“I never wanted to do it from an office, ” Cynthia said, explaining another characteristic of her practice that works to decolonize it and helps to achieve the rapport she wants to establish with her clients. Clients are invited to her house to interact in the green spaces around it, practicing breathwork and meditation.
“It’s kind of like what happened back in our Indigenous times: We used to go to someone’s home to get a limpia,” she said.
Vecinos also reported that, besides the fear of being labeled as “locos,” or “crazies,” many Latinos do not seek mental health treatment because of shame. Even while one in five people in the United States is affected by mental illness, Latinos still feel shame about their community finding out that they are doing it. This may be due to a lack of understanding about confidentiality in treatment, in which nothing can be disclosed without a patient’s consent.
Cerrato prefers not to diagnose her client’s experience, despite it being a protocol demanded by most insurance companies to accept paying for the service. Companies usually cover only what is deemed as affecting and interfering with the person’s overall functioning on a daily basis in a “clinically significant” manner, wrote James Killian, the principal therapist and owner of Arcadian Counseling in New Haven, Connecticut. If what a patient needs is to talk about their imminent divorce, losing a close relative, or sometimes feeling like an impostor, insurance won’t cover it.
“I do not diagnose in my practice. I am big on normalizing what my clients experience,” Cerrato said. “I’ve come to understand that we over-pathologize a lot of our mental health realities. To me, these are the realities of the world that we live in. They are not disorders.”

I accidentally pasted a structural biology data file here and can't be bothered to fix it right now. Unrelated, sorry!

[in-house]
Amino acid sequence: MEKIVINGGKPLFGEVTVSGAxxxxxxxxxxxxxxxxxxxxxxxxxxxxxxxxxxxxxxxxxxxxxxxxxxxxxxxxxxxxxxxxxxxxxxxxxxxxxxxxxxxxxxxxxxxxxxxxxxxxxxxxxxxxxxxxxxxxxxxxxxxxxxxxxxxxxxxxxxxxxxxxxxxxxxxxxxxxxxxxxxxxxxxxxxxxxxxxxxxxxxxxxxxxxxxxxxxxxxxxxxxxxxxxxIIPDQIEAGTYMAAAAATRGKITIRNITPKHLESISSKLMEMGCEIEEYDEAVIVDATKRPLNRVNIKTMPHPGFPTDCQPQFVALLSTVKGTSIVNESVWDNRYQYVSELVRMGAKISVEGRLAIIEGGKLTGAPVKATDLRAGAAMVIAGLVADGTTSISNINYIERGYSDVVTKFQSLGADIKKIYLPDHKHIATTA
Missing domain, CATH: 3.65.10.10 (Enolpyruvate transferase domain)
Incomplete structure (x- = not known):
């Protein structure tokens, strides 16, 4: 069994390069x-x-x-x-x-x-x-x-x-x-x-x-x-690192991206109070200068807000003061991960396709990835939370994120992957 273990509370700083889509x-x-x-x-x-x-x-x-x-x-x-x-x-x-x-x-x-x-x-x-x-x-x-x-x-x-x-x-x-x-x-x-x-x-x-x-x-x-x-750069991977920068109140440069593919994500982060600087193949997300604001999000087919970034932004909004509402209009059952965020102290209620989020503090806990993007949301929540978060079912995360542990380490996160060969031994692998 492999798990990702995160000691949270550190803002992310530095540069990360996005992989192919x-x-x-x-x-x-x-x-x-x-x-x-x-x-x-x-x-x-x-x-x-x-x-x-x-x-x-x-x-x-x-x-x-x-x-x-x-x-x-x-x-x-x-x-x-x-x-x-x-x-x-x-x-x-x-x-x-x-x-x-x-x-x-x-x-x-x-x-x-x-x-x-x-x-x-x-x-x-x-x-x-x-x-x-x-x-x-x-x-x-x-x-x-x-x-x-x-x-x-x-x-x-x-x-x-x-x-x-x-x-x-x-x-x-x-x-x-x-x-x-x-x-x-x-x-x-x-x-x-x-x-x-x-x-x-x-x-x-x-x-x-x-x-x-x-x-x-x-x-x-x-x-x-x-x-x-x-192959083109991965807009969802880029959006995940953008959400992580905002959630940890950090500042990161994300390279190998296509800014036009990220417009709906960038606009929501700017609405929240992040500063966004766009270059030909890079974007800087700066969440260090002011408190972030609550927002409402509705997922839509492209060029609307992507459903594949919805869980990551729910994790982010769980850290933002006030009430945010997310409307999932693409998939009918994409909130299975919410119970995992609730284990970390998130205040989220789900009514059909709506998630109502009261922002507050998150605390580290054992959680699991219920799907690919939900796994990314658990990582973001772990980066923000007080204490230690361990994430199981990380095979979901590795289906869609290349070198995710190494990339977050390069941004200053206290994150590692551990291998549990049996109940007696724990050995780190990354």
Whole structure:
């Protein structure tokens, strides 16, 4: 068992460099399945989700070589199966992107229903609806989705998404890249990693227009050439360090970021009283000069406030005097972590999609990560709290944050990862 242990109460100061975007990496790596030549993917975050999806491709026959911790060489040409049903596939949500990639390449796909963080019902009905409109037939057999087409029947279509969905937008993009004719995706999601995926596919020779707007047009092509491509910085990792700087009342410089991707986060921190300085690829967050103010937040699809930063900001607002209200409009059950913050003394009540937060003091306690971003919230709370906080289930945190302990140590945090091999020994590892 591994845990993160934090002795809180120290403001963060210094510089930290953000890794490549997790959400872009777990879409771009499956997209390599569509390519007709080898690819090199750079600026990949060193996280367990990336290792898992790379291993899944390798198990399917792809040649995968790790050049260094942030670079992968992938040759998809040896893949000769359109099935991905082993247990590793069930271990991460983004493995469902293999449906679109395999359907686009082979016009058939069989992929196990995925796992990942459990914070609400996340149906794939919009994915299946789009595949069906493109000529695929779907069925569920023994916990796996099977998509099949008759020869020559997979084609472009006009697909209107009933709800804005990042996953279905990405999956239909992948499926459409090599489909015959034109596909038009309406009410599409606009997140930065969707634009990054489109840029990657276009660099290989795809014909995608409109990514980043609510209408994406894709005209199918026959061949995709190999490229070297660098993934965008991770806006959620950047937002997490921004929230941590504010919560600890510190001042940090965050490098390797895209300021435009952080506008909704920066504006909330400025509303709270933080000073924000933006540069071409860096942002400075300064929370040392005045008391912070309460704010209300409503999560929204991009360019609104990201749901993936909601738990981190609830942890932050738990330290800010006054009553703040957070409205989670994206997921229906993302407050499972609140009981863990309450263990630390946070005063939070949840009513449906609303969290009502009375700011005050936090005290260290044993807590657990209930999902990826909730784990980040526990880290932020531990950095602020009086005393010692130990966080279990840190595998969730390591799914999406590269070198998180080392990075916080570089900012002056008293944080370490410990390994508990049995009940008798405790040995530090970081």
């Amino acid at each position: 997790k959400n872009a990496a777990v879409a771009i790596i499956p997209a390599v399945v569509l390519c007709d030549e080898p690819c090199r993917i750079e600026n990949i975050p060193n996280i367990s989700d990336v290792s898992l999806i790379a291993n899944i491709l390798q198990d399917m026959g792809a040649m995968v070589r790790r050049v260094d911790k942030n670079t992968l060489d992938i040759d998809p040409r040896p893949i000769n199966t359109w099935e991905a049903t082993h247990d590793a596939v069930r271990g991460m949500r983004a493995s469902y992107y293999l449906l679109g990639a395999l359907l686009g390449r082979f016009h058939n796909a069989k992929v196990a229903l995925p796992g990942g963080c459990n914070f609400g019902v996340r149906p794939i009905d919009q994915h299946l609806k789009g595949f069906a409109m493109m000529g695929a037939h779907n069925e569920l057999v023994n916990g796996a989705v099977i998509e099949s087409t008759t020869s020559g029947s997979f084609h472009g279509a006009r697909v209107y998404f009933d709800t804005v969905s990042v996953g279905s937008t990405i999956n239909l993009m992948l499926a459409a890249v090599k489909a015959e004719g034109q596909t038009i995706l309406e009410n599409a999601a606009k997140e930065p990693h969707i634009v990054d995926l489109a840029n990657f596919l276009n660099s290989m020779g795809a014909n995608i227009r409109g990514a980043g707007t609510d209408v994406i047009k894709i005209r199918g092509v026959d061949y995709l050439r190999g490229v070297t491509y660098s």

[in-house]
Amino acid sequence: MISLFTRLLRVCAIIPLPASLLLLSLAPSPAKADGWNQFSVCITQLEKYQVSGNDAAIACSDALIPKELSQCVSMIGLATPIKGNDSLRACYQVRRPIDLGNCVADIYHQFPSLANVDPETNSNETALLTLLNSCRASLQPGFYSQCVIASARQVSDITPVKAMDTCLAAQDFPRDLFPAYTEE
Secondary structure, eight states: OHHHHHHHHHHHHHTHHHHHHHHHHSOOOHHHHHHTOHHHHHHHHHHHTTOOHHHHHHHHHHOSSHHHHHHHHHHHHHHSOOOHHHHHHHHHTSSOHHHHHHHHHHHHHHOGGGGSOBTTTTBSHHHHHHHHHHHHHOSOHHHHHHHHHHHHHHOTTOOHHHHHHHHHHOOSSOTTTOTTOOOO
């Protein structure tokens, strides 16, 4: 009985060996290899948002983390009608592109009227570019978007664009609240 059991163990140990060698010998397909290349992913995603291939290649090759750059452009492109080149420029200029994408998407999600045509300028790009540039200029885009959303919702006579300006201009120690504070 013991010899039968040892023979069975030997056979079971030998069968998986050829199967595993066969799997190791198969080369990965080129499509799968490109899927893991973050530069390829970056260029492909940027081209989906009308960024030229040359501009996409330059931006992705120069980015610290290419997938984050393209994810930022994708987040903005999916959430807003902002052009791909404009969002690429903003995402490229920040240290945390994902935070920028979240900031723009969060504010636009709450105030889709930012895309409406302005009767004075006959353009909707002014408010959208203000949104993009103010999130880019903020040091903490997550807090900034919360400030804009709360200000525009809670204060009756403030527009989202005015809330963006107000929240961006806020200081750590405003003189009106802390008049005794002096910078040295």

Cerrato stresses that the path to emotional wellness through therapy is a journey of the soul. Her job is to help every client discover what that journey is so that they can reach a place in their lives where they become their authentic whole selves. Getting to that place, she says, requires a lot of undoing and unlearning of the messages people receive throughout their lives.
The goal of her sessions is not to identify if there is something wrong with the client but, instead, why a person functions the way they do based on their life experiences, trauma history, and the stressors of the present-day world.
“What’s wrong is the world that we live in and how it is affecting us,” she said.
Often, Latinos who are first-generation or the first in their families to go to college have been exposed to constant messages that make them feel less-than or othered. Among Cerrato’s Latino and other clients of color, a recurrent belief is that they have to overextend themselves at work to prove their worth, thinking that they can’t say no to their bosses at the expense of their wellness.
Cerrato challenges these beliefs by introducing other ways of perceiving labor and money. “Money is energy,” she explained. “It comes and goes, it is good and bad.”
She says that work is also about honoring when one is at capacity and that there is the possibility to stop. “What about just being okay with what I’ve done so far?”
Cerrato believes that a way to bring more Latinos into therapy is to let them know that therapy is about the power of speaking your truth and having someone to receive your grief.
“You get to dump your sadness, your tragedies, your anger on someone that has the capacity to hold that for you,” she explained. “That’s a big deal.”
Juan de Dios Sánchez Jurado is a writer, lawyer, and journalist from Colombia, he is currently studying at the Craig Newmark Graduate School of Journalism at the City University of New York. Twitter: @diosexmaquina